Pedro Preciado Rodriguez v. AKAL Security, Inc., No. 13-10714 (11th Cir. 2013)

Annotate this Case
Download PDF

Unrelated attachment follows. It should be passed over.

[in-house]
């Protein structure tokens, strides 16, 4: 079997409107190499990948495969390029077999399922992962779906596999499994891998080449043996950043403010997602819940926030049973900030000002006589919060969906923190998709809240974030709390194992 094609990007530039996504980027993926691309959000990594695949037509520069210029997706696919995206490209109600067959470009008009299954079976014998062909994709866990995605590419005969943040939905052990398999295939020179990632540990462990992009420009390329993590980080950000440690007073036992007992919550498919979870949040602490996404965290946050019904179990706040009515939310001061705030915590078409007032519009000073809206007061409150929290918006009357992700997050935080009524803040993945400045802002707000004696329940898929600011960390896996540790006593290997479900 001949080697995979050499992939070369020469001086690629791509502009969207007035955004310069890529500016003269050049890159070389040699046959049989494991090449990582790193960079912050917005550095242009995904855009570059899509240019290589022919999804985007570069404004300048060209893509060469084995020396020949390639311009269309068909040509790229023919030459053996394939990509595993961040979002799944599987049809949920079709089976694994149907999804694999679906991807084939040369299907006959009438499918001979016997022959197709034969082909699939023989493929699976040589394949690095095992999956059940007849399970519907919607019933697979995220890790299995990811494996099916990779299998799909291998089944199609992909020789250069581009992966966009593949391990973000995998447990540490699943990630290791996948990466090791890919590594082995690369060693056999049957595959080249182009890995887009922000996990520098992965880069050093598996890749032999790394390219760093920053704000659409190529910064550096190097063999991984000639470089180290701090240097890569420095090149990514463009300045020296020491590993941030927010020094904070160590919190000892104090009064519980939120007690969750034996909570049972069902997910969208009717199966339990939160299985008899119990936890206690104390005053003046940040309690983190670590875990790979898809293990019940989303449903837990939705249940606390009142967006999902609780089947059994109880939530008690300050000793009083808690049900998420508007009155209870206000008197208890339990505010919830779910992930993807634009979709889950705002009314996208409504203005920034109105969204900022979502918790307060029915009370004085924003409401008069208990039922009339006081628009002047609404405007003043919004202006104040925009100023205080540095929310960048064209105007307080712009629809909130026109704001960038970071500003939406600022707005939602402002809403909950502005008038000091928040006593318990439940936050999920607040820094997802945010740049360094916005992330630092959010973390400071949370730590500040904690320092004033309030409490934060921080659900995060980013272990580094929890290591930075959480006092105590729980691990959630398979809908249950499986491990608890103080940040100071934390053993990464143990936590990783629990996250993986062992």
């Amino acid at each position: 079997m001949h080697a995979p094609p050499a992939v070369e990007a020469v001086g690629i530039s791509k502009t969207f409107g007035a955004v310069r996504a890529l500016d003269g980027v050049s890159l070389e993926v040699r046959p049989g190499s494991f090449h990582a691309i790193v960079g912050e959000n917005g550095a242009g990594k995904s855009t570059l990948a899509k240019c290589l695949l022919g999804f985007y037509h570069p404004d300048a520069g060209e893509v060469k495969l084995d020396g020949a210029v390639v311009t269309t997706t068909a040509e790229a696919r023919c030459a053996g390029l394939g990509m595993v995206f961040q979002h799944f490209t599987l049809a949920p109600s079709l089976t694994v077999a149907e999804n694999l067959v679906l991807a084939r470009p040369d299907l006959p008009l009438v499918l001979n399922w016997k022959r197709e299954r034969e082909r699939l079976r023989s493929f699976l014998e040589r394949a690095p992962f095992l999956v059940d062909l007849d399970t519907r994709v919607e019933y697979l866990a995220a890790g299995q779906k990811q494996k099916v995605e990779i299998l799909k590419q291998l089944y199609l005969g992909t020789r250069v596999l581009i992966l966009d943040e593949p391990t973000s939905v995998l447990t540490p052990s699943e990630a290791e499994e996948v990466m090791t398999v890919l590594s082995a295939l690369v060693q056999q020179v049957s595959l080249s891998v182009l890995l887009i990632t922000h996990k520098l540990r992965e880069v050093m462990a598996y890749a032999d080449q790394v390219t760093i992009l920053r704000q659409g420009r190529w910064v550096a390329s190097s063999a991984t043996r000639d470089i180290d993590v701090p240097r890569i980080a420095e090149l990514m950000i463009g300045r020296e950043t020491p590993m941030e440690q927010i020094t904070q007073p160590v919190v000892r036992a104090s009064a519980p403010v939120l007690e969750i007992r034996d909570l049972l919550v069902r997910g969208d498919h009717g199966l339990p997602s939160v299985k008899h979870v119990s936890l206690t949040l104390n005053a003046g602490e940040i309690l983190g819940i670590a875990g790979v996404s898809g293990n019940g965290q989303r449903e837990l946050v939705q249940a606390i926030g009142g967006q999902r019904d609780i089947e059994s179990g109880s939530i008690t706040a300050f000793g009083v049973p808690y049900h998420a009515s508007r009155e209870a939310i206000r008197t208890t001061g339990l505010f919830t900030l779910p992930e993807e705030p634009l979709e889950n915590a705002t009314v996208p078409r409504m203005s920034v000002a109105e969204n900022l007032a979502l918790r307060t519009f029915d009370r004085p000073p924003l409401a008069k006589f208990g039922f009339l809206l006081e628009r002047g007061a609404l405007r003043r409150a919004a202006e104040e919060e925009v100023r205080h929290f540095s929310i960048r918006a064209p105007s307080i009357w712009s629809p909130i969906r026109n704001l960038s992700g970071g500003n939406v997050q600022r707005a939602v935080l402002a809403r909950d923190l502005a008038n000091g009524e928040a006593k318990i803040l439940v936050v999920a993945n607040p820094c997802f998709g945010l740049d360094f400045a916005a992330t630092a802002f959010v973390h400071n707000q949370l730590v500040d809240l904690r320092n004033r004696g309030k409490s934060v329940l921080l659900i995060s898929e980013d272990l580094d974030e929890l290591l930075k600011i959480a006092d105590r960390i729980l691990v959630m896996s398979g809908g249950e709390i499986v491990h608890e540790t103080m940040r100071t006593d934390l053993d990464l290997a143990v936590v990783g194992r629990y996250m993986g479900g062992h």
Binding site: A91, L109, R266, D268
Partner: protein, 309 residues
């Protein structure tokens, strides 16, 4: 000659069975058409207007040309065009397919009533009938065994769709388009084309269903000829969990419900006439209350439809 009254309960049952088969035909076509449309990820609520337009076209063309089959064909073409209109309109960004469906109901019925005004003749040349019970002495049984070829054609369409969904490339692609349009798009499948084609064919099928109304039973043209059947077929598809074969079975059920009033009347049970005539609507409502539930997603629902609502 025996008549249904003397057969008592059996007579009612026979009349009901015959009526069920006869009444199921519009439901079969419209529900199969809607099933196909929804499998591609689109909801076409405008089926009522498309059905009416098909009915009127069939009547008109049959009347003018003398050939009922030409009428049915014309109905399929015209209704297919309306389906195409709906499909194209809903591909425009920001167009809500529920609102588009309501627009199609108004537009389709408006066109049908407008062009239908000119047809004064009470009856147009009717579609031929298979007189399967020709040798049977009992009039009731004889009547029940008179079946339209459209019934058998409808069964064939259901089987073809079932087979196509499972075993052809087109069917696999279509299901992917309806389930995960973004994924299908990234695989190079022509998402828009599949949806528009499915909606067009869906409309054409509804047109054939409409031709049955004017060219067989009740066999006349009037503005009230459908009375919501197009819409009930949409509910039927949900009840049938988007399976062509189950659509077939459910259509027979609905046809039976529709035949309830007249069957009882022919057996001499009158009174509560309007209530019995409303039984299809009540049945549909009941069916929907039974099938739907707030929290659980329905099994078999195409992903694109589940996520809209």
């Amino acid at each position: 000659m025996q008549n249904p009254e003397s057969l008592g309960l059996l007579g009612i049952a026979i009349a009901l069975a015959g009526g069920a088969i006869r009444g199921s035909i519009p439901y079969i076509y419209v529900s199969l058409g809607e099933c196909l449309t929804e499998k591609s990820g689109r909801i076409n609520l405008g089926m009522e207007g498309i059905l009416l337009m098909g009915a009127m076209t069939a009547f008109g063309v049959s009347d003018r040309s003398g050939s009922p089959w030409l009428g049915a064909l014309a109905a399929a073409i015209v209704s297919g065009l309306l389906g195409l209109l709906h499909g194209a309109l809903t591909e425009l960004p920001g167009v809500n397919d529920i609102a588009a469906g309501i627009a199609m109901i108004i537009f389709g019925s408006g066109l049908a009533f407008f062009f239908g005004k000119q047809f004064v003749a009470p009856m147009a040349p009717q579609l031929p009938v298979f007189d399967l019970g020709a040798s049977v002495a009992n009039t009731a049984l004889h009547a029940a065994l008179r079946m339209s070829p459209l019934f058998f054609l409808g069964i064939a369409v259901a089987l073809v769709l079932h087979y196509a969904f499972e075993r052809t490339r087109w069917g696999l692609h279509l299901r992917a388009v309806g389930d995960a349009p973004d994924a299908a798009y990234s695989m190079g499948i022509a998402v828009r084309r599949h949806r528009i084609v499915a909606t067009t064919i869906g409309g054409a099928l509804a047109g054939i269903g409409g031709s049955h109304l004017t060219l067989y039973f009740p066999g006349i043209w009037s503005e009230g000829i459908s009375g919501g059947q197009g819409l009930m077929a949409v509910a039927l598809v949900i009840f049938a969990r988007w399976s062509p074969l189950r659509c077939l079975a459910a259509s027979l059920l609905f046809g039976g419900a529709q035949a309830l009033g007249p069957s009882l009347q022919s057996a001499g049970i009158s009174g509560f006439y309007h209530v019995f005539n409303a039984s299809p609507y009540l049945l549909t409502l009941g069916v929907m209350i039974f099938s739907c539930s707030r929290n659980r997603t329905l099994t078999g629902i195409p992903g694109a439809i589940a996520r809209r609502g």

Case: 13-10714 Date Filed: 08/21/2013 Page: 1 of 6 [DO NOT PUBLISH] IN THE UNITED STATES COURT OF APPEALS FOR THE ELEVENTH CIRCUIT ___________________________ No. 13-10714 Non-Argument Calendar ___________________________ Docket No. 1:12-cv-20550-PCH PEDRO PRECIADO RODRIGUEZ, Plaintiff-Appellant, versus AKAL SECURITY, INC., Defendant-Appellee. ______________________________ Appeal from the United States District Court for the Southern District of Florida _______________________________ (August 21, 2013) Before MARTIN, FAY, and EDMONDSON, Circuit Judges. Case: 13-10714 Date Filed: 08/21/2013 Page: 2 of 6 PER CURIAM: In this state-law action, Pedro Preciado Rodriguez ( Plaintiff ) appeals the district court s grant of summary judgment in favor of Akal Security, Inc. ( Defendant ) on Plaintiff s negligence claim. Plaintiff was injured by falling from a tall thing on which he had climbed. No reversible error has been shown; we affirm. Plaintiff is a citizen of Mexico who reentered the United States illegally after having been deported. Plaintiff was arrested and detained at Krome Service Processing Center. Pursuant to a contract with Immigration and Naturalization Service ( INS ), Defendant provided security services at Krome. While being detained at Krome, Plaintiff injured himself on a piece of exercise equipment called a ProMaxima Hip and Dip Combo ( ProMaxima ). The ProMaxima is a stationary piece of equipment with no moving parts. It is designed for users to perform chin-up exercises on one side and hip and dip exercises on the other side. The chin-up side of the ProMaxima includes handle bars that are 92 inches off the ground and two 14-inch steps to allow users to reach up and grab the handle bars. The dip side contains two padded parallel bars with handles that are 55 inches from the floor and that allow users to perform both hip and dip exercises. 2 Case: 13-10714 Date Filed: 08/21/2013 Page: 3 of 6 Video surveillance showed Plaintiff approach the ProMaxima, climb up the dip side of the equipment so that he was standing on the padded parallel bars, and then continue to climb over the top of the ProMaxima toward the chin-up side. From the top of the ProMaxima, Plaintiff jumped or fell to the concrete floor and suffered serious injuries. The entire incident -- starting with Plaintiff s approach and ending with his fall -- lasted about six to seven seconds. When Plaintiff s injury occurred, Krome s gym was being supervised by two of Defendant s employees. According to Plaintiff, at least one of the guards saw him climb the machine and yelled superman before Plaintiff jumped or fell to the floor. Plaintiff s complaint against Defendant asserted one cause of action for negligence. Briefly stated, Plaintiff asserted that Defendant failed to instruct him on how to use the ProMaxima, failed to warn him about the dangers of using the ProMaxima as he did, and failed to supervise him properly while he used the ProMaxima. The district court granted Defendant s motion for summary judgment, concluding that Defendant owed no duty to warn Plaintiff about an open and obvious danger or to instruct him on the obvious use of the ProMaxima. The district court also concluded that, even if Defendant owed Plaintiff a duty of care, the alleged breach of that duty was not the proximate cause of Plaintiff s injuries. 3 Case: 13-10714 Date Filed: 08/21/2013 Page: 4 of 6 We review a district court s grant of summary judgment de novo, viewing all evidence and drawing all reasonable inferences in favor of the non-moving party. Galvez v. Bruce, 552 F.3d 1238, 1241 (11th Cir. 2008). Summary judgment is appropriate where the record presents no genuine issues of material fact and where the moving party is entitled to judgment as a matter of law. Swisher Int l, Inc. v. Schafer, 550 F.3d 1046, 1050 (11th Cir. 2008). To recover for negligence in Florida, a plaintiff must show (1) that the defendant owed the plaintiff a duty of reasonable care; (2) that the defendant breached that duty; (3) that the breach was the proximate cause of plaintiff s injury; and (4) that plaintiff suffered damages. See Clay Elec. Coop., Inc. v. Johnson, 873 So. 2d 1182, 1185 (Fla. 2003). Where a defendant s conduct creates a foreseeable zone of risk, the law generally will recognize a duty placed upon defendant either to lessen the risk or see that sufficient precautions are taken to protect others from the harm that the risk poses. Henderson v. Bowden, 737 So. 2d 532, 535 (Fla. 1999) (emphasis in original). But a defendant has no duty to warn of an open and obvious danger. Siemens Energy & Automation v. Medina, 719 So. 2d 312, 314-15 (Fla. Ct. App. 1998) (concluding that defendants were entitled to a directed verdict on plaintiff s negligence claim because there was no duty to warn the plaintiff of the obvious 4 Case: 13-10714 Date Filed: 08/21/2013 Page: 5 of 6 danger of standing on the top of a 9-foot high piece of equipment that was not designed to be used as a work platform and of the possibility of falling off. ). On appeal, Plaintiff asserts that Defendant was negligent for failing to tell Plaintiff to stop once Plaintiff had started climbing to the top of the ProMaxima. * Because the danger associated with climbing to the top of the ProMaxima and falling to the concrete floor below was open and obvious, Defendant owed no duty to warn Plaintiff of that danger (either before or after Plaintiff had already climbed the equipment) or to instruct Plaintiff that proper use of the ProMaxima did not involve climbing over the top of the equipment. See id. That Plaintiff was a detainee under the supervision of Defendant s employees does not change our analysis. See Kaisner v. Kolb, 543 So. 2d 732, 734 (Fla. 1989) (detainees are owed a common law duty of care). And, although Defendant was contractually obligated to protect detainees from personal injury, nothing evidences that Defendant s contract with the INS imposed on Defendant a duty to warn of obvious dangers greater than the duty imposed by common law. Plaintiff also argues that, once Defendant s employees saw him climbing on top of the ProMaxima, they not only failed to stop him but they encouraged him by yelling superman. Assuming that Plaintiff s version of the facts is true -- as we * In his briefing, Plaintiff characterizes the negligence claim as a failure to intervene. These words do not appear in the complaint. Moreover, the core of Plaintiff s claim in this case is that Defendant failed to tell him to stop; we understand Plaintiff s claim to be in line with the failure to warn or failure to instruct precedents in Florida law. 5 Case: 13-10714 Date Filed: 08/21/2013 Page: 6 of 6 must under summary judgment review -- Plaintiff cannot show that Defendant s conduct proximately caused his injuries. The ProMaxima in and of itself is no dangerous piece of equipment. But Plaintiff himself created a dangerous condition when he improperly climbed on top of the ProMaxima, a use that was clearly not intended. Under Florida law, plaintiffs cannot recover under a theory of negligence where [the plaintiff s] own volitional act is the sole proximate cause of his injuries. Ruiz v. Westbrooke Lake Homes, Inc., 559 So. 2d 1172, 1174 (Fla. Ct. App. 1990) (affirming summary judgment in favor of defendants when an 11-year old boy s own act -- attempting to jump from the top of the monkey bar section of a jungle gym onto the slide -proximately caused his injuries). That Defendant s employee yelled superman after Plaintiff was already climbing the ProMaxima -- and in response to Plaintiff s climbing -- does not break the causal chain. See Worthington v. United States, 21 F.3d 399, 406 (11th Cir. 1994) (explaining that, under Florida law, to be an intervening cause sufficient to break the chain of causation . . . the intervenor s negligence must be truly independent of and not set in motion by the original negligence. ). Because no genuine issue of material fact exists, Defendant was entitled to summary judgment. AFFIRMED. 6